Lumbosacral skin lesion
Such lesions can take various forms, including lipomas, dermal sinuses, tails, deviated gluteal clefts, hemangiomas, hamartomas, dimples, or pigmentary changes. However, these lesions can also occur in isolation of any neurologic defect; depending on the level of risk for occult spinal dysraphism associated with the particular lesion or lesions, radiographic investigation with MRI or ultrasound may be warranted. Early detection and treatment of spinal cord anomalies is important to prevent tethering of the spinal cord and neurological deficits later in life.
The highest risk for occult spinal dysraphism occurs in the presence of two or more congenital lumbosacral midline cutaneous lesions of any kind. Any one lesion in the presence of spinal cord dysfunction is also considered high risk. Lipomas, tails, aplasia cutis congenita, dermal sinuses, dermoid cysts, and large infantile hemangiomas (≥ 2.5 cm) are all independently considered high risk for occult spinal dysraphism. All high-risk lesions require MRI evaluation for spinal anomalies.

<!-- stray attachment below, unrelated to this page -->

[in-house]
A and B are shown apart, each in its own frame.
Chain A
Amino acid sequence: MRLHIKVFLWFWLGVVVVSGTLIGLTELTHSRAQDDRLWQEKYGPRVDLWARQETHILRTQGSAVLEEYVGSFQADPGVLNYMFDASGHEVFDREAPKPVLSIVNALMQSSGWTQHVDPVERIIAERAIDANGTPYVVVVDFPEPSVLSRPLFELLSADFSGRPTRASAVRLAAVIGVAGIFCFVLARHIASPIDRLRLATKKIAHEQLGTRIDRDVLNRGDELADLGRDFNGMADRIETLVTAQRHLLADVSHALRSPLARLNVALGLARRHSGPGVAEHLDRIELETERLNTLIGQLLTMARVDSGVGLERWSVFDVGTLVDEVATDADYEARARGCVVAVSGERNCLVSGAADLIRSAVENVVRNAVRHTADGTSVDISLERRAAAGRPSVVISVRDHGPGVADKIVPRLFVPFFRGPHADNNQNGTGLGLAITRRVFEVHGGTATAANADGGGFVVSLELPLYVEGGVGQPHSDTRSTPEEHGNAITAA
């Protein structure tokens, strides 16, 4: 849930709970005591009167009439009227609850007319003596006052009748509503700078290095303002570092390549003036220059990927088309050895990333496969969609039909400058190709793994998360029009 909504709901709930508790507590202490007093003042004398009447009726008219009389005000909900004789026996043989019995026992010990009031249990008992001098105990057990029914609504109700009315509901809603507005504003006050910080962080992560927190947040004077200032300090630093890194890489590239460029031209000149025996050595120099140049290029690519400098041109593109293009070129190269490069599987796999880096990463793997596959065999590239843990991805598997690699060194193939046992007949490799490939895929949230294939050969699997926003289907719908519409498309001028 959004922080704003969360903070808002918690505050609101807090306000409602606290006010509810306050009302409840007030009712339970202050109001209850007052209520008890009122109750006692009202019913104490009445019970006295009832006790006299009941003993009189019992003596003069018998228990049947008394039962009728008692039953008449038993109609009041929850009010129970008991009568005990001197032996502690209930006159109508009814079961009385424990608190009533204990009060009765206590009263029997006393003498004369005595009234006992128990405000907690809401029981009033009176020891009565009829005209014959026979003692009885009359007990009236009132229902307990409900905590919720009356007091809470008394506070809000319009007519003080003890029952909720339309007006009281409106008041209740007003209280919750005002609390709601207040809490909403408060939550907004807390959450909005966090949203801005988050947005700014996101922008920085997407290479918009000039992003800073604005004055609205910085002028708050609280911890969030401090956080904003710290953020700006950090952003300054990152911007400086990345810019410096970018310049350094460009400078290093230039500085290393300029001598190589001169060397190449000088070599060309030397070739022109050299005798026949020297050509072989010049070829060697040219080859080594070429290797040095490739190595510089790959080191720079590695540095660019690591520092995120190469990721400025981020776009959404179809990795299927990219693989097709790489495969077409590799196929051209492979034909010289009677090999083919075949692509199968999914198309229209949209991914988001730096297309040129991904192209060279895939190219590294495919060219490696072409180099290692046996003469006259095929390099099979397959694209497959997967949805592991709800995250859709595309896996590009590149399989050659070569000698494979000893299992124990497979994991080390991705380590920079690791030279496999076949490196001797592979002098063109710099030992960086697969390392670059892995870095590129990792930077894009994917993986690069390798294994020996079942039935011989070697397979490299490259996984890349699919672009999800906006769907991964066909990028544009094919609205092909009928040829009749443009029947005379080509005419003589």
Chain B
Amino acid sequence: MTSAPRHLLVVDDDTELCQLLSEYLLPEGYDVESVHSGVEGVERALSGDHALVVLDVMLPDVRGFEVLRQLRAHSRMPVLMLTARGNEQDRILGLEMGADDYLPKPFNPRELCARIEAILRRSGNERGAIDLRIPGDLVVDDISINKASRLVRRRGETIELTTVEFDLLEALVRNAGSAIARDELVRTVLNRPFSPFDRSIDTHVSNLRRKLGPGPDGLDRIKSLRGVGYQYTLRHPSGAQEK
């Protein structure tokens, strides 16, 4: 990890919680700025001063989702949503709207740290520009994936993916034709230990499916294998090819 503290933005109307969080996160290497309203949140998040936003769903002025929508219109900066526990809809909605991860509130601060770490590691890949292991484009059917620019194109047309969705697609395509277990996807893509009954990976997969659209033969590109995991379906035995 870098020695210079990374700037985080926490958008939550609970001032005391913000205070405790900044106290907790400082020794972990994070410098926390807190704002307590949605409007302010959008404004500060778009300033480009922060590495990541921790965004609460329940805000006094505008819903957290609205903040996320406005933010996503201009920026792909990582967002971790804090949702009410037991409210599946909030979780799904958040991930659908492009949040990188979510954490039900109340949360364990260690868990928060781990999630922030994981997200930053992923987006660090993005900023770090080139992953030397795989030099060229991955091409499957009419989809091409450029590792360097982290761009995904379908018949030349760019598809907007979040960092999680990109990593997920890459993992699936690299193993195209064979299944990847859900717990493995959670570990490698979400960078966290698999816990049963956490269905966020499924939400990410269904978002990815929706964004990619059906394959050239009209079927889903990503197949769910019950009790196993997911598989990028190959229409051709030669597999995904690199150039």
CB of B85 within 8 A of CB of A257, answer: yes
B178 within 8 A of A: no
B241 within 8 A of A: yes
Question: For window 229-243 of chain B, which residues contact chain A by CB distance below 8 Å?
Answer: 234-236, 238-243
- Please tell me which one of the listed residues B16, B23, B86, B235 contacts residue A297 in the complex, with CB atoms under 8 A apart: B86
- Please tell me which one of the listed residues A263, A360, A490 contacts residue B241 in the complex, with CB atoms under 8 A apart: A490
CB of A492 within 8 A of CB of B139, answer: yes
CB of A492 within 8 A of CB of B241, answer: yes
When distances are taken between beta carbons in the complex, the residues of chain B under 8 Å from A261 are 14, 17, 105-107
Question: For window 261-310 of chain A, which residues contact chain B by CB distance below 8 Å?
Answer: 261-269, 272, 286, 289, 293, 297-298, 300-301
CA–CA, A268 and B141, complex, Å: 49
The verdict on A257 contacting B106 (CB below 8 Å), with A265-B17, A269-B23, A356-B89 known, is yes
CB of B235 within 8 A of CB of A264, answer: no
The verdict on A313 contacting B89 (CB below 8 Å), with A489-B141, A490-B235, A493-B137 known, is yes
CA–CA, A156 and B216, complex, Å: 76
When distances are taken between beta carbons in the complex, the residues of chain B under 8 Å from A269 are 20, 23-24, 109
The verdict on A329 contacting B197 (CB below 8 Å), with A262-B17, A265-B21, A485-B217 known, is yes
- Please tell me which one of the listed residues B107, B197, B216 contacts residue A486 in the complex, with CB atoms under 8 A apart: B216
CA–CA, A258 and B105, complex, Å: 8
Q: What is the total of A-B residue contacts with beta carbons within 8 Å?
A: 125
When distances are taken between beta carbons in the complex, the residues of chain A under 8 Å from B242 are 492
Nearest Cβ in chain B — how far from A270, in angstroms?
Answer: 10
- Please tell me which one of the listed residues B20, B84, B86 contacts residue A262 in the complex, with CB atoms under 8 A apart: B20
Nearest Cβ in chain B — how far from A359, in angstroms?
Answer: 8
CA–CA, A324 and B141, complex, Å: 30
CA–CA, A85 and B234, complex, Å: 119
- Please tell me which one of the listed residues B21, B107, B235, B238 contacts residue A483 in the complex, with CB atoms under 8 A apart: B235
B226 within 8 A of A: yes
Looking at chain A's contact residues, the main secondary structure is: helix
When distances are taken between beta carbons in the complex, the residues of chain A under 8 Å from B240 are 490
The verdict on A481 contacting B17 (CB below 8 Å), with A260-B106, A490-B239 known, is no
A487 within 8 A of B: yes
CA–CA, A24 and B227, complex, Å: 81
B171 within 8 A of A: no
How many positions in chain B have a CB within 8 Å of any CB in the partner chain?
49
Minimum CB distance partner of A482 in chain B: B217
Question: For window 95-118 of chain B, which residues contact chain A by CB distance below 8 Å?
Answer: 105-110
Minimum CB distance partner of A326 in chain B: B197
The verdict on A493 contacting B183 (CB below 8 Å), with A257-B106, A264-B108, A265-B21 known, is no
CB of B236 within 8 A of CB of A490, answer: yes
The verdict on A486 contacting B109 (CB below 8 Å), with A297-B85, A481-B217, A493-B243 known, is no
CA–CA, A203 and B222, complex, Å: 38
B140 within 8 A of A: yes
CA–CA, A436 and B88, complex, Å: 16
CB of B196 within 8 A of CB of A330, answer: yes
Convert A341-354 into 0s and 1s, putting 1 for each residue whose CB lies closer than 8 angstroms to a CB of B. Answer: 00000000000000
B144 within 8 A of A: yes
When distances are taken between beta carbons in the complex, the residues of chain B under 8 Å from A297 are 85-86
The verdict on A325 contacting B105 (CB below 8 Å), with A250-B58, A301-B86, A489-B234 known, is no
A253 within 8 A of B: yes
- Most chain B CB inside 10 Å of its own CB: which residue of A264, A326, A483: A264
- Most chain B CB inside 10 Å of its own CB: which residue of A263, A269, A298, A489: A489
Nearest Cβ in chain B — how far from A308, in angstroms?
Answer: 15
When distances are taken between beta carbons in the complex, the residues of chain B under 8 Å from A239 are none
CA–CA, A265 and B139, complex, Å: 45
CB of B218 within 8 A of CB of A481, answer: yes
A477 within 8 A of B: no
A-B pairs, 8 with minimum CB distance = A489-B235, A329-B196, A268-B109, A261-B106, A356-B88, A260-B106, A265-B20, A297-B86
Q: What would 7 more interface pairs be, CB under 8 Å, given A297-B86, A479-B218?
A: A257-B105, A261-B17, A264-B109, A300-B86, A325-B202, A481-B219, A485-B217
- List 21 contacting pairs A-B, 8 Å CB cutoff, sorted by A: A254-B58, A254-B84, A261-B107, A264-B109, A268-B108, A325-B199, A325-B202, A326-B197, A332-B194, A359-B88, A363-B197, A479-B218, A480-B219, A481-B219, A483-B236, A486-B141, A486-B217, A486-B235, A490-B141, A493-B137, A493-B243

Moderate-risk lesions include atypical dimples, smaller hemangiomas, deviated gluteal folds, and hypertrichosis (including faun tail or silky down). Moderate risk lesions also require MRI evaluation, although ultrasound can be completed first if the child is younger than 6 months of age as the vertebral bodies have not yet ossified.
Low-risk lesions that do not necessitate further imaging include simple dimples, port-wine stains, pigmented nevi, and congenital dermal melanocytosis.
Related topic: Spina bifida
Q82.8 – Other specified congenital malformations of skin
403559003 – Cutaneous lesion resulting from spinal dysraphism
Differential Diagnosis & Pitfalls